- Project Dates: From January 2009 to December 2010
- Project Leader: Dr Peter E Hopkins
- Sponsors: Arts & Humanities Research Council-AHRC (formerly AHRB)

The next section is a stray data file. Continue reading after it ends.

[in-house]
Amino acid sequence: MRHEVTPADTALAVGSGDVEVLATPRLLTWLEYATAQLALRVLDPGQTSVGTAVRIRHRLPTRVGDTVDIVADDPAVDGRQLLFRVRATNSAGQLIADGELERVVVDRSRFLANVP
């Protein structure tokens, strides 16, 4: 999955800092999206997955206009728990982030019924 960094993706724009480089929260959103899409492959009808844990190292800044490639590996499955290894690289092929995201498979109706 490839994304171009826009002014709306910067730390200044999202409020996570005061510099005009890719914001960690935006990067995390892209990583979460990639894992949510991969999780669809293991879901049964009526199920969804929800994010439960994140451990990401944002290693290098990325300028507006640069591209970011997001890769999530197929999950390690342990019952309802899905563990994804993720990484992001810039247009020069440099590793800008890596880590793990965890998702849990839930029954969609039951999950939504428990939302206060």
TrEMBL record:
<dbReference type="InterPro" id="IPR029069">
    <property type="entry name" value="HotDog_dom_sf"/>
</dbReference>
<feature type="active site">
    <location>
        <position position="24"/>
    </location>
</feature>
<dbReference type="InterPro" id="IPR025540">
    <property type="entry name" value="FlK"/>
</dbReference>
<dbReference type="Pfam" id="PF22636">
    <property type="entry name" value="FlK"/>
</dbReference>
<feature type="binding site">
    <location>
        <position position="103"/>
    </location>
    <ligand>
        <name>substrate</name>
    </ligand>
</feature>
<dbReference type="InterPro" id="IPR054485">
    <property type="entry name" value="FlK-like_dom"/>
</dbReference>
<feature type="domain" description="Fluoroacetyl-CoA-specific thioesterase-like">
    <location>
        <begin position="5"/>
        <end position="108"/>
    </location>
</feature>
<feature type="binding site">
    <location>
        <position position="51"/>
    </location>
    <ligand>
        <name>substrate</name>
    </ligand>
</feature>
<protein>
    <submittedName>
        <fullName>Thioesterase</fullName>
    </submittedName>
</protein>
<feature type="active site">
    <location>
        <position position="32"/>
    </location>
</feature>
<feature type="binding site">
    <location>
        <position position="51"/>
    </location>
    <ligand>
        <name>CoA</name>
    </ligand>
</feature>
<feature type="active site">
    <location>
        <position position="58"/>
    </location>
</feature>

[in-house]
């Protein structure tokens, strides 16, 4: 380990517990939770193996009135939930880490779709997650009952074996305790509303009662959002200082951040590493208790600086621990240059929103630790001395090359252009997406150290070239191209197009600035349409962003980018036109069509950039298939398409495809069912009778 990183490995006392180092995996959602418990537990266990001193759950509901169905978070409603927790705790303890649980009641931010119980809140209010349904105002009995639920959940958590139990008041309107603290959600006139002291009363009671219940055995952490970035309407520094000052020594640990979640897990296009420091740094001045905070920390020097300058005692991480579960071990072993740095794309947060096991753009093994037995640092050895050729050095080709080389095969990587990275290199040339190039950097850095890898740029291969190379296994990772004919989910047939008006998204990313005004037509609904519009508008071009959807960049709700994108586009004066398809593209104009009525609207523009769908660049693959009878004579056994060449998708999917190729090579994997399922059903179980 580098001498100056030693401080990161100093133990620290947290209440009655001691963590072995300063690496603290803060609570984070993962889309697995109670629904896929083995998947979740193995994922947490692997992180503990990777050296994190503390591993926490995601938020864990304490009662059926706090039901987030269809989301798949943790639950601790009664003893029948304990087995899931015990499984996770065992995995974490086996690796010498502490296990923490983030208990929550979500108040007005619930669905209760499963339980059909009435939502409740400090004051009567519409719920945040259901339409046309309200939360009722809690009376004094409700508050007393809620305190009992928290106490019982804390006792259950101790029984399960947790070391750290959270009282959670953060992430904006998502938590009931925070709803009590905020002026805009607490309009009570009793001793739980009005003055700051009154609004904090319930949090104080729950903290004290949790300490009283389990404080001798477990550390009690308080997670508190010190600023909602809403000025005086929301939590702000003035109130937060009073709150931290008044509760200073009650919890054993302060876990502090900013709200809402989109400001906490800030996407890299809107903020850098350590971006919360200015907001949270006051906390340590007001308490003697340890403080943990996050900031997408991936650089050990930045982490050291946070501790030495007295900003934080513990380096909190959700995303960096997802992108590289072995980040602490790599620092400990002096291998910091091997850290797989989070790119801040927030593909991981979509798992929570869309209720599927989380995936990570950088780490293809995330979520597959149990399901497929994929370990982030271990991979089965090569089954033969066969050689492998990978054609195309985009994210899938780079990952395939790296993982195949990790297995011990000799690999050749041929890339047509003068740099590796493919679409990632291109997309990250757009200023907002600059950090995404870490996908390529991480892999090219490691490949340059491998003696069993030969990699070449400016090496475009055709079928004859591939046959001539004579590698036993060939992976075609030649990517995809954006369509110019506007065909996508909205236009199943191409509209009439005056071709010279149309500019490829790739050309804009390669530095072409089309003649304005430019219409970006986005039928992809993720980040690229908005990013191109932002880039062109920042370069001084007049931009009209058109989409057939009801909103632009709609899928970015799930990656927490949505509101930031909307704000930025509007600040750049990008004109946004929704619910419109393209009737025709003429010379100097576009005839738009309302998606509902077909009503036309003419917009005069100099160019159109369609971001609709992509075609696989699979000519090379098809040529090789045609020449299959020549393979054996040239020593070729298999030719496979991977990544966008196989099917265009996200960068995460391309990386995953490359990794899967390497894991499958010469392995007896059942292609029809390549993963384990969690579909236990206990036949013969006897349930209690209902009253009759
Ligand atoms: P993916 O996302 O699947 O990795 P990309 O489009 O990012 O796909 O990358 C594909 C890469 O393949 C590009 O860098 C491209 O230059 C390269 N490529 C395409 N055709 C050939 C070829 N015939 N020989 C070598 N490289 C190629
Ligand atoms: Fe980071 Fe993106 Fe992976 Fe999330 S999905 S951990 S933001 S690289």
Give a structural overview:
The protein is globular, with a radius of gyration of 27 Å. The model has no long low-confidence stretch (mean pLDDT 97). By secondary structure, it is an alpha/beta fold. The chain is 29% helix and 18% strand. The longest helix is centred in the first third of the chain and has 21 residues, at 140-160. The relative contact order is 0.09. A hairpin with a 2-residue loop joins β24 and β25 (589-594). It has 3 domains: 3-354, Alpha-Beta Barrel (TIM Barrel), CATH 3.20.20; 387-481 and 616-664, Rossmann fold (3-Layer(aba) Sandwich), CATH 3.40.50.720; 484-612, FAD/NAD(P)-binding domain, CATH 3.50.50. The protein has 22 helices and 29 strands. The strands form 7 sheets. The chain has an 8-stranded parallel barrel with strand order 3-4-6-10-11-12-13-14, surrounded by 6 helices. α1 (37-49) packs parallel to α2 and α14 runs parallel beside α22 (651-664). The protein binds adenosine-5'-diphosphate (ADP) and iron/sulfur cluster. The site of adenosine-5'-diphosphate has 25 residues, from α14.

The purpose of this project is to explore the religious and spiritual lives of young people living in socially deprived Britain. Research has shown that traditional measures of religion, such as service attendance, fail to reflect the religious or spiritual lives of young people. Though it appears that young people in socially deprived areas engage with traditional religious practices at very low rates of participation, little is known about the spiritual lives of these young people – what they believe, where they experience sacredness, or what they think of traditional structures and institutions. This study is therefore timely, as it aims to examine how young people experience and understand religion and spirituality in socially deprived places, and how religious leadership, the broader community, and the youth themselves construct new spiritual and religious landscapes. Data collection and analysis will be organized around three intersecting questions. First, how do young people living in socially deprived communities understand and experience religion and spirituality in their daily lives? We will analyze the identities, practices, and understandings of religion and spirituality embraced by young people. Second, how do places of social deprivation shape the ways that young people engage with and define religion and spirituality? We will examine and compare religious and spiritual experiences of young people who face different conditions of marginalization. Third, what are the new religious or spiritual places being created by young people, and how do these intersect with traditional spaces of religion and spirituality? We will explore spaces of spiritual well-being and religious engagement amongst young people, and the historical and contemporary roles of traditional religious organizations in the security of individual and collective well-being within the broader community. The findings will contribute to better understandings of the geography and sociology of contemporary religion; the links between deprivation, place and religiosity; and the active religious and spiritual agency of young people.